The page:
2. ### DuckJordanWell-Known Member

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this is getting into more of a rigging category than a lighting category, the only thing i could suggest since, it would violate CB Rules, is to talk to a certified pro about getting custom built Truss, yeah the stuff you can buy as a consumer is about 6m in length but the stuff they use in large touring gigs is about 20' it would also help if there is a balcony on the opposite side so you can have two anchor points, any more specific than that and i would probably get into some trouble.
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3. ### fredtheActive Member

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You really need to find a way to support the far end of the bar. In order to get something strong enough to cantilever, you will need a LOT of weight...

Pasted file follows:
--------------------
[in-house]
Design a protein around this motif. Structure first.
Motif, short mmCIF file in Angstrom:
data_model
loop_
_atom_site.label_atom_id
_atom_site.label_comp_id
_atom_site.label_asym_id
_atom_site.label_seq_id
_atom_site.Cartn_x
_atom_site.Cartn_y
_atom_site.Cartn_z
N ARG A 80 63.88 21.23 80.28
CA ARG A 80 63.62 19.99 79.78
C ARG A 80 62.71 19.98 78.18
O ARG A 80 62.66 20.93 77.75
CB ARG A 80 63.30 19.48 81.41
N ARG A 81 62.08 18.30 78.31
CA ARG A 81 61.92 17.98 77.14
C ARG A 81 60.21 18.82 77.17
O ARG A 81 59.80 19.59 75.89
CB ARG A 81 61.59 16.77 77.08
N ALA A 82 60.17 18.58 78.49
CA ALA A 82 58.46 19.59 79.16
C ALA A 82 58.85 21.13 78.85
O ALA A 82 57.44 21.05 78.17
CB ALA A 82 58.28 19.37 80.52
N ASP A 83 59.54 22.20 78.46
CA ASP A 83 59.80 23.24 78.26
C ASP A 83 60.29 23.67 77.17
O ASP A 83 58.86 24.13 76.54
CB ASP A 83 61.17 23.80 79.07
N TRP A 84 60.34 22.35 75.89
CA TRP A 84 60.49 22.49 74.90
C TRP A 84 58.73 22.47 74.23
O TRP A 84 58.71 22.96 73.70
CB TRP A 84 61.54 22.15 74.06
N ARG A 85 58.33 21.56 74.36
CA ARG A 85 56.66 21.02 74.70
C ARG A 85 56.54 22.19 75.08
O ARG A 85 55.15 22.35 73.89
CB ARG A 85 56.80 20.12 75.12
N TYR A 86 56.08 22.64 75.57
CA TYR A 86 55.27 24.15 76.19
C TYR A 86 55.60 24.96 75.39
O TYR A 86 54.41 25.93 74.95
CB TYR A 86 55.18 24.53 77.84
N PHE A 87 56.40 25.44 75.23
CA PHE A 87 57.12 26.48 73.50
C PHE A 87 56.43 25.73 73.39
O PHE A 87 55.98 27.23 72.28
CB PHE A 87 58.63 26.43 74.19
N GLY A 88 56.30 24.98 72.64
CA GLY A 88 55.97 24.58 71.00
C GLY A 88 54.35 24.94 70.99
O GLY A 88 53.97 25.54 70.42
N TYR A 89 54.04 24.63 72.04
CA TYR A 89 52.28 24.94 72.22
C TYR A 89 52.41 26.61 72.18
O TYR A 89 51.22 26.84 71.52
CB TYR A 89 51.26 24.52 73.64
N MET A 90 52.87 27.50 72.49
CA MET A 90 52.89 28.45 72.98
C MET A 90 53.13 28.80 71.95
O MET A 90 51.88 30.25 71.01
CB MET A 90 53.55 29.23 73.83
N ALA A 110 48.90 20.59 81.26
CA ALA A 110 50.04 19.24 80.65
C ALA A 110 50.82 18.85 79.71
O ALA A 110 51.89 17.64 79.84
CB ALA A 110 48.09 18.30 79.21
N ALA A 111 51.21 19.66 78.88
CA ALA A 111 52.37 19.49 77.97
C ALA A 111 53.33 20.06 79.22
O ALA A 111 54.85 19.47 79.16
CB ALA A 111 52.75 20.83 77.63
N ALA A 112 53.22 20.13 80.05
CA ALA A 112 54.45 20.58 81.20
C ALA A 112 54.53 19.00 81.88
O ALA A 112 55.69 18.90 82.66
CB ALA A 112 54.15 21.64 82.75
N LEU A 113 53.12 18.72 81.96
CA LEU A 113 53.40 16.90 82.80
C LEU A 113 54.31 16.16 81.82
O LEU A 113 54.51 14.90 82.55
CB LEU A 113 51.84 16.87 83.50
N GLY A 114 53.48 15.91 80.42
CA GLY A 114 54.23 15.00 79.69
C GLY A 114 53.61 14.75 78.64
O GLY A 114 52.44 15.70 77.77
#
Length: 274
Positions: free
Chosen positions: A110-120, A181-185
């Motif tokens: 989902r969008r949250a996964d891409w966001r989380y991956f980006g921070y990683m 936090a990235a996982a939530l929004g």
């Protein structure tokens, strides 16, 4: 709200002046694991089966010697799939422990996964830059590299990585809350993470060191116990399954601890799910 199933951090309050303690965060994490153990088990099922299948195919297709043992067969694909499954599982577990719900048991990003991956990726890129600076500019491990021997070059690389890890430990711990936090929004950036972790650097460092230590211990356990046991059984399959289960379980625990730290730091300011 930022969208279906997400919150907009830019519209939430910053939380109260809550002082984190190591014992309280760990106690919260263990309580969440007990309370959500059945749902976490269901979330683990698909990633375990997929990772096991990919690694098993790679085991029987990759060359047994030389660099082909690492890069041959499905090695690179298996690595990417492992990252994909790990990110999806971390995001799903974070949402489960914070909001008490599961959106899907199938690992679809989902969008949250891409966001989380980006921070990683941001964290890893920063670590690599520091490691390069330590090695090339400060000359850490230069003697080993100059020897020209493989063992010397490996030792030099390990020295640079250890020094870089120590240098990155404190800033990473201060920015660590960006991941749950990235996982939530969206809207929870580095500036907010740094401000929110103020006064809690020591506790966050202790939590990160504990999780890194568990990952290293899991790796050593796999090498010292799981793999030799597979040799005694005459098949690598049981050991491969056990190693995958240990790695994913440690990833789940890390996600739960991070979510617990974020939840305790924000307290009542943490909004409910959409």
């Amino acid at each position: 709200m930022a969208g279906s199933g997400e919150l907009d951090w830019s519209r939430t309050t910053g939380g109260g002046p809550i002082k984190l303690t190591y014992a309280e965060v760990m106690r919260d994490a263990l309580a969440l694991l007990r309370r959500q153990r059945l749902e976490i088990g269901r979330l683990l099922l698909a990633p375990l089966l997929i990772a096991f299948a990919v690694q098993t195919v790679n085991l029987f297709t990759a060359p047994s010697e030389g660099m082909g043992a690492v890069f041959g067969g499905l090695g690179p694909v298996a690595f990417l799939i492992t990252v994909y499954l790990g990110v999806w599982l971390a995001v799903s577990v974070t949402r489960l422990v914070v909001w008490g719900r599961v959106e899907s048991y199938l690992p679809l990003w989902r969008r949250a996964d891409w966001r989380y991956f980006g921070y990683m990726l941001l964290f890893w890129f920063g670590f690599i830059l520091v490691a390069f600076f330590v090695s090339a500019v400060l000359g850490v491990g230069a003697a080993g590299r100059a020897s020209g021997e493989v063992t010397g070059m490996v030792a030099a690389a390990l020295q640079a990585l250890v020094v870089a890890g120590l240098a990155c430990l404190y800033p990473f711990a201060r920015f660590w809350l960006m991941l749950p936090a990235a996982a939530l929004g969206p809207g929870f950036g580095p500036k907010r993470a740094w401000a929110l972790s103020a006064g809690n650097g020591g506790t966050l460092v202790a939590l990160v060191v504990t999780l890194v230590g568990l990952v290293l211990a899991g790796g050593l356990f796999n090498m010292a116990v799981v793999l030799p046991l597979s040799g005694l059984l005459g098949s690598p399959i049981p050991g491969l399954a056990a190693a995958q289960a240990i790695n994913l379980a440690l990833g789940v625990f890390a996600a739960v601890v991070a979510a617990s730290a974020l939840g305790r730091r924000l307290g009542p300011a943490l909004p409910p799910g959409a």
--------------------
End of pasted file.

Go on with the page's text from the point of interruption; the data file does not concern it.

Can anyone tell me what he forgot about in his drawing?

-Fred
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4. ### belfordNew Member

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fredthe, that's the problem: no way to use a support at the other side. Otherwise it'd be really easy... without that stand it turns into a hard problem.

Curious as to what I forgot in that drawing... though please note it's a very simplified drawing just to give a rough idea.

belford.
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5. ### fredtheActive Member

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You forgot to account for the weight of the bar. (Though I just noticed that you did mention it in the text.)

Trusses are generally designed to be supported at at least two points... your design puts all of the force at one point, 1/3 of the way from one end. Not a good idea without something specifically designed for this.

Your idea of strengthening it with steel wire might have some merit, but that really falls into the area of "consult an expert". Do you really want to be liable for the injuries caused when it fails?

How long a pipe/truss would you need to use in order to allow you to support the far end? I presume the issue is keeping any vertical support out of the shot?